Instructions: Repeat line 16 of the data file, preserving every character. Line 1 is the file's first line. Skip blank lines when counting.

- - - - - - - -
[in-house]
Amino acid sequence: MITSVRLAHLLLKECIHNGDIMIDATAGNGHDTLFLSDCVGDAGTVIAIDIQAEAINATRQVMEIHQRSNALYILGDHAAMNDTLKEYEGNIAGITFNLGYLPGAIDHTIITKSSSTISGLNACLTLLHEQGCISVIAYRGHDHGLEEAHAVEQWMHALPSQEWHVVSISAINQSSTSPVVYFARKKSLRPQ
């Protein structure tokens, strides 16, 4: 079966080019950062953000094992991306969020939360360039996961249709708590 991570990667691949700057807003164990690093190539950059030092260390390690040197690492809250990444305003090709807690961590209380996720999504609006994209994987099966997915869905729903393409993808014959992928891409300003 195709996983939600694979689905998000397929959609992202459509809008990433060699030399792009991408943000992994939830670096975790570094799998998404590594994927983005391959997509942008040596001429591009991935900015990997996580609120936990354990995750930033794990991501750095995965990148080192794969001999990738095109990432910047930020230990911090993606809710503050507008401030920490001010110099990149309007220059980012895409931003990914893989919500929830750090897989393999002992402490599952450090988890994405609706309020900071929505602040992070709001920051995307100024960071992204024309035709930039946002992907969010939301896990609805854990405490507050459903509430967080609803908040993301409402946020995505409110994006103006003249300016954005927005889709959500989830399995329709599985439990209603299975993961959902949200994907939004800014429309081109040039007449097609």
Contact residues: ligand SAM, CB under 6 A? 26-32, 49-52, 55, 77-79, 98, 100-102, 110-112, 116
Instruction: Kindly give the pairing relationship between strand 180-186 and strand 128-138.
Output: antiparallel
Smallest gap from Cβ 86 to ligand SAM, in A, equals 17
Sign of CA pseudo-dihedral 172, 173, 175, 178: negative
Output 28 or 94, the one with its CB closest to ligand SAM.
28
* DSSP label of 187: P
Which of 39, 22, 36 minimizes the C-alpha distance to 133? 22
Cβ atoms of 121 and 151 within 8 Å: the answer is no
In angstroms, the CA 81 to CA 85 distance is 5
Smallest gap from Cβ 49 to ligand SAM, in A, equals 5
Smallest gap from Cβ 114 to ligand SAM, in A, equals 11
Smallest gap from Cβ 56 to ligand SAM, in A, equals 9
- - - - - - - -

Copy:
Smallest gap from Cβ 114 to ligand SAM, in A, equals 11